Presently, most countries use blood donor deferral criteria based on the medical history elicited by interview, to prevent transfusion-transmitted malaria. However, the current donor exclusion guidelines have been called in doubt (Purdy et al. 2004) to address the need for an effective and evidence-based malaria blood screening test. Donor antibody screening tests for malaria have been used in a number of countries. However, none of the P. vivax malaria antibody tests have been implemented to screen donated blood, because of the lack of a reliable and sensitive screening test against P. vivax. Because P. vivax is the only indigenous malaria in ROK, quick and enhanced P. vivax malaria blood screening test would prevent its spread by transfusion in blood banks. Recently, several successful pre-transfusion malarial screening strategies for countries with low-prevalence of malaria were reported (Kitchen et al. 2004; Garraud et al. 2008; Seed et al. 2010).
The aim of this study was to evaluate a P. vivax malaria-specific enzyme-linked immunosorbent assay (ELISA) antibody test for screening for P. vivax in the blood and to estimate the risks of malaria infection in ROK.
Material and methods
A total of 921 samples was collected between April of 2002 and December of 2007 at Korea University Ansan Hospital, ROK for this study. These samples were divided into four groups: 251 of patients with acute malaria (Group 1 –P. vivax patients with parasitaemia; samples were collected within a week after the appearance of the symptoms, which were confirmed by manual Giemsa stain), 39 of post-treatment patients (Group 2 – confirmed malaria patients without parasitaemia presently, followed up at least monthly), 200 of normal healthy controls for clinical specificity (Group 3 – patients with no prior history of malaria or trip to a malaria-endemic area in the past 3 years) and 421 samples from donors (Group 4 – donors who had travelled to endemic areas within the past 6 months). The Ethical Committee of the Korea University Ansan Hospital approved this study.
For the malaria diagnosis, thick and thin blood films were prepared with the standard protocol. Following the Giemsa stain of the blood films, a malaria expert diagnosed the species and density of plasmodial parasites through microscopic examination. Parasitaemia was indirectly calculated using the parasite numbers per 200 WBCs in the blood film, where the WBC counts were determined by the automatic blood cell counter (Cell-Dyn 4000; Abbott diagnostics, Abott Park, IL, USA). Infected patients were treated with hydroxychloroquine and primaquine. Twenty-six patients were followed up for 6 and 12 months for their post-treatments. These samples were used for evaluating the period of antibody persistency.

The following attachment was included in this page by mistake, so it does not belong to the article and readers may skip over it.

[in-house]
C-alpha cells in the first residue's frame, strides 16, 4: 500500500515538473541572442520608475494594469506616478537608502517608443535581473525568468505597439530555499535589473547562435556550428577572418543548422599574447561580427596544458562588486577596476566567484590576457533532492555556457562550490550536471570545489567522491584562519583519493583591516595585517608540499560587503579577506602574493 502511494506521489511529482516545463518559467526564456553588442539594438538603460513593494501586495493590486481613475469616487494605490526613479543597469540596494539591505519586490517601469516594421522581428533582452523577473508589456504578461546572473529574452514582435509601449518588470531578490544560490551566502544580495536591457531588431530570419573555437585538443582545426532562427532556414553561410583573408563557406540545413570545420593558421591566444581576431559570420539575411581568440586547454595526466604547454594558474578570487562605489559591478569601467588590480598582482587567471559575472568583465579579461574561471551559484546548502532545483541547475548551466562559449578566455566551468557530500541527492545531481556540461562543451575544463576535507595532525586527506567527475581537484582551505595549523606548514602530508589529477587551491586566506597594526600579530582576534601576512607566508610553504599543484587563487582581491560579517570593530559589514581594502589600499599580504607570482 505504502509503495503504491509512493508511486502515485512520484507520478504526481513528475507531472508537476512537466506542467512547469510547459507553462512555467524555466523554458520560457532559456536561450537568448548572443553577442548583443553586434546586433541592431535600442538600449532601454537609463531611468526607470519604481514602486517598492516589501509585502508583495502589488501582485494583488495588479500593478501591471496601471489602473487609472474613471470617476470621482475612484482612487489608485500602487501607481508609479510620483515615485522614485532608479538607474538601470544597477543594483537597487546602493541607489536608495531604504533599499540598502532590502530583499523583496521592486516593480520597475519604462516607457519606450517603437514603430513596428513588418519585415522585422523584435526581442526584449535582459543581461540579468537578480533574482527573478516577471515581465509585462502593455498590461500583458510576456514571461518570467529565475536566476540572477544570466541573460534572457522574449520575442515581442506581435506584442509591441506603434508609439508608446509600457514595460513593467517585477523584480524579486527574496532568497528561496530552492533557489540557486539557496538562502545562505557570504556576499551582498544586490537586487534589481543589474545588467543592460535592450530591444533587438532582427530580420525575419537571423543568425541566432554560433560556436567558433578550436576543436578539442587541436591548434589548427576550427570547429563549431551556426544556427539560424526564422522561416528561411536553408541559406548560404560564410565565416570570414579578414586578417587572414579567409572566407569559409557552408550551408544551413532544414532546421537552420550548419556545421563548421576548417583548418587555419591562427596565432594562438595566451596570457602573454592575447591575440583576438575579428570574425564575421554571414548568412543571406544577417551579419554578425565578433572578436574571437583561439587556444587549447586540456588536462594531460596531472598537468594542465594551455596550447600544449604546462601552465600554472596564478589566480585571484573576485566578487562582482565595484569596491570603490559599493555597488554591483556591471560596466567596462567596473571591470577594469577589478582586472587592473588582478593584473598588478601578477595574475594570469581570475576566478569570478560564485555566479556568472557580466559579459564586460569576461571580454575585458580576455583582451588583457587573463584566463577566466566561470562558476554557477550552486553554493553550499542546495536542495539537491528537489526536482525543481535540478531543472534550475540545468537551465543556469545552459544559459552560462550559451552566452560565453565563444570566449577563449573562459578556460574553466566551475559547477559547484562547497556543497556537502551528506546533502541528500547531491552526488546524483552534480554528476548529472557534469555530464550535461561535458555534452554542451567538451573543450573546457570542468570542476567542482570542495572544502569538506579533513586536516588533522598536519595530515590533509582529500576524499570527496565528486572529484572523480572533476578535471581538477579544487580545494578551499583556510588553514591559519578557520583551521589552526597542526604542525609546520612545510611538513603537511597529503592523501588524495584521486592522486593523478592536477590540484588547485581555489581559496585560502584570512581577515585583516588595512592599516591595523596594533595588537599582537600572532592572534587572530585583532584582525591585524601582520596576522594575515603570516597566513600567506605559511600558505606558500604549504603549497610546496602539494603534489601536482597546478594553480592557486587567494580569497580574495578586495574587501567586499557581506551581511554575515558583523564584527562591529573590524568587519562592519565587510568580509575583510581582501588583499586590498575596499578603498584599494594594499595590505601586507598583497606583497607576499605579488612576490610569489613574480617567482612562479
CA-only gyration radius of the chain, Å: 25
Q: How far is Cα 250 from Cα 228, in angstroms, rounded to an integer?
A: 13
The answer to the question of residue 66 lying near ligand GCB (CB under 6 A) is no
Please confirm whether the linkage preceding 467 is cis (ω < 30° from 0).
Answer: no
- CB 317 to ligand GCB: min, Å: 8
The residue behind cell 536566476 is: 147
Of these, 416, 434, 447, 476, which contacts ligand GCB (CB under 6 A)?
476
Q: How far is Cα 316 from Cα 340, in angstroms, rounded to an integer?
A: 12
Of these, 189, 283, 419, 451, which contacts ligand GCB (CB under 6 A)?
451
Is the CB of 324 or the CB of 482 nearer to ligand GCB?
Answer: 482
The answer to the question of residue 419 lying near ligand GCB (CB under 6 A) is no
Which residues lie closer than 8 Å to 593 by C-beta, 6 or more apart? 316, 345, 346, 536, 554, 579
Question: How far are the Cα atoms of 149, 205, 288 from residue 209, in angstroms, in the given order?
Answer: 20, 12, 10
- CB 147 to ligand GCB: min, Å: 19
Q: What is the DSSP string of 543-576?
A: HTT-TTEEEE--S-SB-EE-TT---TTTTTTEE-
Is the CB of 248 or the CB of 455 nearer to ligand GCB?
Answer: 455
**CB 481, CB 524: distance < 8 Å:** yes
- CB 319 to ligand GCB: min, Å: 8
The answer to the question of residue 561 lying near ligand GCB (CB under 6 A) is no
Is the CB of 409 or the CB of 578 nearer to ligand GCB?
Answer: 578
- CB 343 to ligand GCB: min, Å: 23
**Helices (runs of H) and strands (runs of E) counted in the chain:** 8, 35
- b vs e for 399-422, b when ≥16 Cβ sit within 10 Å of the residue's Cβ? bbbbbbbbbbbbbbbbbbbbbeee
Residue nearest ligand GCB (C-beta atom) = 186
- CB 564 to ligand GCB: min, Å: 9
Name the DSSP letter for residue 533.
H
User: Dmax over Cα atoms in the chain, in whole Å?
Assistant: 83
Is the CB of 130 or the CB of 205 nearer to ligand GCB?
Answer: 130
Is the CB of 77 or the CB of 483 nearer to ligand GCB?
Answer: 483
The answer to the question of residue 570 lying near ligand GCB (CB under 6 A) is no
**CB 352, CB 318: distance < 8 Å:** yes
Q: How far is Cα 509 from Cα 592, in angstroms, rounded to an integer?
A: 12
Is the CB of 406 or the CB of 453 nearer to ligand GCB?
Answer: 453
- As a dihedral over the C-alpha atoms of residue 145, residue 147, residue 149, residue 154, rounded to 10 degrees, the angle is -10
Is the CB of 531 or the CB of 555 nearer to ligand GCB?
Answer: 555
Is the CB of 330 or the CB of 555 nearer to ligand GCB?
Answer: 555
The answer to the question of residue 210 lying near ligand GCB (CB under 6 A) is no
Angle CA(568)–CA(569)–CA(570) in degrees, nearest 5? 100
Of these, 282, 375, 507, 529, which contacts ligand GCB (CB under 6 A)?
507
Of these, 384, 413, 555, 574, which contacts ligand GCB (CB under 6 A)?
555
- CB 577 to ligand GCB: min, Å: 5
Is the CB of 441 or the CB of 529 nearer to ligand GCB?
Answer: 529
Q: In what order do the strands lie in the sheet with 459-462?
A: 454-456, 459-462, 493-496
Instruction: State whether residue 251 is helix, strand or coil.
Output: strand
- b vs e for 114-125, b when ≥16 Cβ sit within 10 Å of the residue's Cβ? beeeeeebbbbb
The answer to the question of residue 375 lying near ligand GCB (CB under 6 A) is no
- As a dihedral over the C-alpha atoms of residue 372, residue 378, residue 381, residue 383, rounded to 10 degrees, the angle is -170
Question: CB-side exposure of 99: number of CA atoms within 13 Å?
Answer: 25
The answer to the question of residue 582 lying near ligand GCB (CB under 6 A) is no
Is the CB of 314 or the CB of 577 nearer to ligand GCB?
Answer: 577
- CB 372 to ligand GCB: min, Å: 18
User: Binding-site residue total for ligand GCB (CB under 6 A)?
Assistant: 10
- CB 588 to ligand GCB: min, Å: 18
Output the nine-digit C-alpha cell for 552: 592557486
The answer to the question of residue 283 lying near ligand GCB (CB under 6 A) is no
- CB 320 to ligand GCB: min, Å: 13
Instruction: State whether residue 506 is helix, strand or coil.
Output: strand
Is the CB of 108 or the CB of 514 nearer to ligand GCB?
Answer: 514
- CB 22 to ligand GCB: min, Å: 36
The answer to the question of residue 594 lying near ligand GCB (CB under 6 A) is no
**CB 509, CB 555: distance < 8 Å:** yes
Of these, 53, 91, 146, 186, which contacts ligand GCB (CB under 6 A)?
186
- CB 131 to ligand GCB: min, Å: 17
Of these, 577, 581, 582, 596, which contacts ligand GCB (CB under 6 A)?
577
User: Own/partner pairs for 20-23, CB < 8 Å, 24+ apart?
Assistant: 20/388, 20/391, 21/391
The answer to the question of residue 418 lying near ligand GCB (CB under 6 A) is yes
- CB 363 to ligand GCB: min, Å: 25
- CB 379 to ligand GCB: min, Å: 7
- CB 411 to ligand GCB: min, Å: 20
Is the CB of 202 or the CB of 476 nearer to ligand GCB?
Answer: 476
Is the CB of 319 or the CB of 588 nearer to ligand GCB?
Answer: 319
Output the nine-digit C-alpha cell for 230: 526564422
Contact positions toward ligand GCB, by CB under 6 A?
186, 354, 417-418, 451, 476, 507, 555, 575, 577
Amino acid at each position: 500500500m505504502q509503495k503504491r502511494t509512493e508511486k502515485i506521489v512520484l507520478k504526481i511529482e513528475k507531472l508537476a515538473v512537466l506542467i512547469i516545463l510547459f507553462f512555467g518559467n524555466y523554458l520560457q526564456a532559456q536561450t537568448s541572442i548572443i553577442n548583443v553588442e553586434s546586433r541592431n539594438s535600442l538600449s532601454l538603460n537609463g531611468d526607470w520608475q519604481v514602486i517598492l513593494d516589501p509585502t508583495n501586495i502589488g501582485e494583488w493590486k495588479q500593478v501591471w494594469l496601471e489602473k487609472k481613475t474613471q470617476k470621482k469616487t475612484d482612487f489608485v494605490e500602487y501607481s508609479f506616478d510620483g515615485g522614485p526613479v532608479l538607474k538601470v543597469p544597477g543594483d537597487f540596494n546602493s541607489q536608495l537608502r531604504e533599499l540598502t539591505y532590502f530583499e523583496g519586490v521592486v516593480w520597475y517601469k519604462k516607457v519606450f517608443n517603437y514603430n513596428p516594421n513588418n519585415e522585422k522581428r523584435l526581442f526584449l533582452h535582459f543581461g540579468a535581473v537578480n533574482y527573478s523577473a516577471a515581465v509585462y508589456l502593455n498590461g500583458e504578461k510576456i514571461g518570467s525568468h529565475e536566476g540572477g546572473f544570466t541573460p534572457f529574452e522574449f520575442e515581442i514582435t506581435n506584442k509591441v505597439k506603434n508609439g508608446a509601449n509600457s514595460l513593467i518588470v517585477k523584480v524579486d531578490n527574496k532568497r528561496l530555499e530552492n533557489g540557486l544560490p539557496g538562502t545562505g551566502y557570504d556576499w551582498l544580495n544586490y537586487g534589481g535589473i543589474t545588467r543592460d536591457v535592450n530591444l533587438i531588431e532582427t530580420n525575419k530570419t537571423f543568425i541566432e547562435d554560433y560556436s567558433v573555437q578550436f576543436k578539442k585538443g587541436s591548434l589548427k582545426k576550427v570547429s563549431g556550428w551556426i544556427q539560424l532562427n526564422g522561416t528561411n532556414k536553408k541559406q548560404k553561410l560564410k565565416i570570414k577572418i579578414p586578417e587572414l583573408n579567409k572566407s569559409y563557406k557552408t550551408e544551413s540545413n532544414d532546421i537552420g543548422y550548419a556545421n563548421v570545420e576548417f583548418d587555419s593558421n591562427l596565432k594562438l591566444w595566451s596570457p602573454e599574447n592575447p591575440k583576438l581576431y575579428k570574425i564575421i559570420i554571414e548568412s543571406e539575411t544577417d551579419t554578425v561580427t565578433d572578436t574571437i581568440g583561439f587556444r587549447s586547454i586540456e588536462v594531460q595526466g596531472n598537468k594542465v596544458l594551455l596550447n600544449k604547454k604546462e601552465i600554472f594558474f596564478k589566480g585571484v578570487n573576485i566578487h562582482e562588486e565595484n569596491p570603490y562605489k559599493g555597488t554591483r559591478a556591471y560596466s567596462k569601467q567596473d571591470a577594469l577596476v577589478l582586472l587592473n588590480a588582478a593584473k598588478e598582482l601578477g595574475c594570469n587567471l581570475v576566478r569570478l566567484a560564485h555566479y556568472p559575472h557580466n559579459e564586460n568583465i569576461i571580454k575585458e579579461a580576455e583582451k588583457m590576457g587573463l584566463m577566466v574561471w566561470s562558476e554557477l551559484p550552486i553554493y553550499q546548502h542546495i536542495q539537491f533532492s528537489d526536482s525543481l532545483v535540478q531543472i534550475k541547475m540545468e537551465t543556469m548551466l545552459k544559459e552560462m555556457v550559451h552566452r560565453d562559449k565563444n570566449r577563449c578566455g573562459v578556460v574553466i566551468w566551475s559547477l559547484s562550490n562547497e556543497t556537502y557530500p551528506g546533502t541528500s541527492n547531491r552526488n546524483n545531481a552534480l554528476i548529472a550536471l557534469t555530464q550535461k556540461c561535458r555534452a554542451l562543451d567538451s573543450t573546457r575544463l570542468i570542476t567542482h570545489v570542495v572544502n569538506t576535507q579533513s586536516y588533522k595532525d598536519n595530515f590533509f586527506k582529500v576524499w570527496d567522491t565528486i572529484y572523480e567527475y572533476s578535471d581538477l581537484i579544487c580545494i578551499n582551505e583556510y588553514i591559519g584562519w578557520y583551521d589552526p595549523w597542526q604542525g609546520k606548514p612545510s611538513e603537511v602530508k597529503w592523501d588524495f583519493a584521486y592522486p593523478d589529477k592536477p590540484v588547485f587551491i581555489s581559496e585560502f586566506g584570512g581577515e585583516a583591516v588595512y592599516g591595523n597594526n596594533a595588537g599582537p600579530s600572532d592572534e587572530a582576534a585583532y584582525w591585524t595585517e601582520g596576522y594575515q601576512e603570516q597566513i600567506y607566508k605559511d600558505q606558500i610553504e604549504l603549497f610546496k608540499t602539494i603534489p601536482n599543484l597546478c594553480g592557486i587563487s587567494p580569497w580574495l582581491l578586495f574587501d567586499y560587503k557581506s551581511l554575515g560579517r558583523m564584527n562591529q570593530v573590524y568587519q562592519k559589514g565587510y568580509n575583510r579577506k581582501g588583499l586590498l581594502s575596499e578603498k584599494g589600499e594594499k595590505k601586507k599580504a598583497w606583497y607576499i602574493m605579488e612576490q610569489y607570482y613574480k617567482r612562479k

Polymerase Chain Reaction (PCR)
Circumsporozoite protein (CSP) genes of P. vivax were amplified by nested-PCR as previously documented (Oh et al. 2008). Primers were used at a final concentration of 0.1 μm in 100 μl reaction mixture (10 mm Tris–HCl, pH 8.3, 50 mm KCl, 1.5 mm MgCl2, 0.2 mm each dNTP), containing 10 μl of DNA and 2.5 units of AmpliTaq polymerase (Perkin Elmer Co., Norwalk, CT, USA). Reaction mixtures were cycled 30 times: 1 min denaturation at 95 °C, 1 min annealing at 53 °C and 3 min extension at 72 °C in a DNA thermal cycler (Perkin-Elmer Model 9600). Amplified products were size-fractionated by electrophoresis on 1.5% agarose gels containing ethidium bromide (0.5 mg/ml).
Genedia Malaria Ab ELISA 2.0 test (Green cross co., ROK) for P.vivax antibodies
The Genedia Malaria Ab ELISA 2.0 test was kindly donated by Green Cross Co for this purpose. It is based on binding anti-P. vivax antibodies in a serum sample to recombinant P. vivax antigens immobilized on 96-well plates. The mixture of recombinant P. vivax antigens consisted of merozoite surface protein (MSP-1) and CSP from Korean P. vivax strain. The ELISA test was performed as recommended by the manufacturer. Briefly, 50 μl of sera was added to the wells with 100 μl of diluent. After 1 h of incubation at 37 °C, unbound materials were washed away with PBS-Tween-20, and the peroxidase-conjugated goat anti-human IgG (1:40 000 dilution) was added to each well. After another hour of incubation at 37 °C, the excess labelled antibody was washed away with PBS-Tween-20, and the chromogenic signal was developed with ortho-phenylene diamine (Sigma Aldrich, St. Louis, Mo, USA) substrate system. The plates were read at 490 nm. Each serum was tested in duplicate, and the optical density (OD) values at 490 nm were averaged. For the data analysis of dichotomous groups, OD cut-off value for the positive ELISA signals was set by recommendation (0.2 + 3 times of mean OD of the unexposed normal healthy control) by the manufacturer. The test did not distinguish antibody types between IgG and IgM, detecting all antibodies against P. vivax. The assay was performed with an automatic ELISA processor (Bio-Rad CODA System, Bio-Rad, Hercules, CA, USA).
Clinical sensitivity was calculated based on the proportion of positive antibody test results among samples of patients with acute malaria, which were confirmed positive of malaria parasites by Giemsa stain microscopy analysis. Clinical specificity was calculated based on the proportion of negative test results among samples, confirmed by thick blood films.
Clinical sensitivity in confirmed P.vivax malaria samples